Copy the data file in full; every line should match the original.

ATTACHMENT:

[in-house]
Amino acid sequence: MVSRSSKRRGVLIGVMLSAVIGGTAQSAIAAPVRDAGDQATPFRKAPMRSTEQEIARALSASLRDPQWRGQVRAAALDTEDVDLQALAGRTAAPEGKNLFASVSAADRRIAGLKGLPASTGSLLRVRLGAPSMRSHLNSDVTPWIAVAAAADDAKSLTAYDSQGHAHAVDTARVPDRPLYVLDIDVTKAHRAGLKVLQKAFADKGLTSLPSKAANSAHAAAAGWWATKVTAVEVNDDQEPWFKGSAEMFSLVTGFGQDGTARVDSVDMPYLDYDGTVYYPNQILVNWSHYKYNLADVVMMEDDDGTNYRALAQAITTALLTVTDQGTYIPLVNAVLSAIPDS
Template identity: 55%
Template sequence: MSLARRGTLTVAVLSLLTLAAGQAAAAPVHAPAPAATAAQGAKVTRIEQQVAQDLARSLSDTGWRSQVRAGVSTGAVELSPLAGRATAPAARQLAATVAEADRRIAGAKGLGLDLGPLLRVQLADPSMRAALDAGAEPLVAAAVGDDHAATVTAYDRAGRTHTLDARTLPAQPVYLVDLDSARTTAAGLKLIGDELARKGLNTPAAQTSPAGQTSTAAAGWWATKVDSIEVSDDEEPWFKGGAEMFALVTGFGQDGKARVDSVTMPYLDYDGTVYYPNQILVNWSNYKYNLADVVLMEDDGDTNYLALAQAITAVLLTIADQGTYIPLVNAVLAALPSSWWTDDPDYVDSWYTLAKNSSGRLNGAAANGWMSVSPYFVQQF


[in-house]
Amino acid sequence: MVSRSSKRRGVLIGVMLSAVIGGTAQSAIAAPVRDAGDQATPFRKAPMRSTEQEIARALSASLRDPQWRGQVRAAALDTEDVDLQALAGRTAAPEGKNLFASVSAADRRIAGLKGLPASTGSLLRVRLGAPSMRSHLNSDVTPWIAVAAAADDAKSLTAYDSQGHAHAVDTARVPDRPLYVLDIDVTKAHRAGLKVLQKAFADKGLTSLPSKAANSAHAAAAGWWATKVTAVEVNDDQEPWFKGSAEMFSLVTGFGQDGTARVDSVDMPYLDYDGTVYYPNQILVNWSHYKYNLADVVMMEDDDGTNYRALAQAITTALLTVTDQGTYIPLVNAVLSAIPDS
Template identity: 55%
Template sequence: MSLARRGTLTVAVLSLLTLAAGQAAAAPVHAPAPAATAAQGAKVTRIEQQVAQDLARSLSDTGWRSQVRAGVSTGAVELSPLAGRATAPAARQLAATVAEADRRIAGAKGLGLDLGPLLRVQLADPSMRAALDAGAEPLVAAAVGDDHAATVTAYDRAGRTHTLDARTLPAQPVYLVDLDSARTTAAGLKLIGDELARKGLNTPAAQTSPAGQTSTAAAGWWATKVDSIEVSDDEEPWFKGGAEMFALVTGFGQDGKARVDSVTMPYLDYDGTVYYPNQILVNWSNYKYNLADVVLMEDDGDTNYLALAQAITAVLLTIADQGTYIPLVNAVLAALPSSWWTDDPDYVDSWYTLAKNSSGRLNGAAANGWMSVSPYFVQQF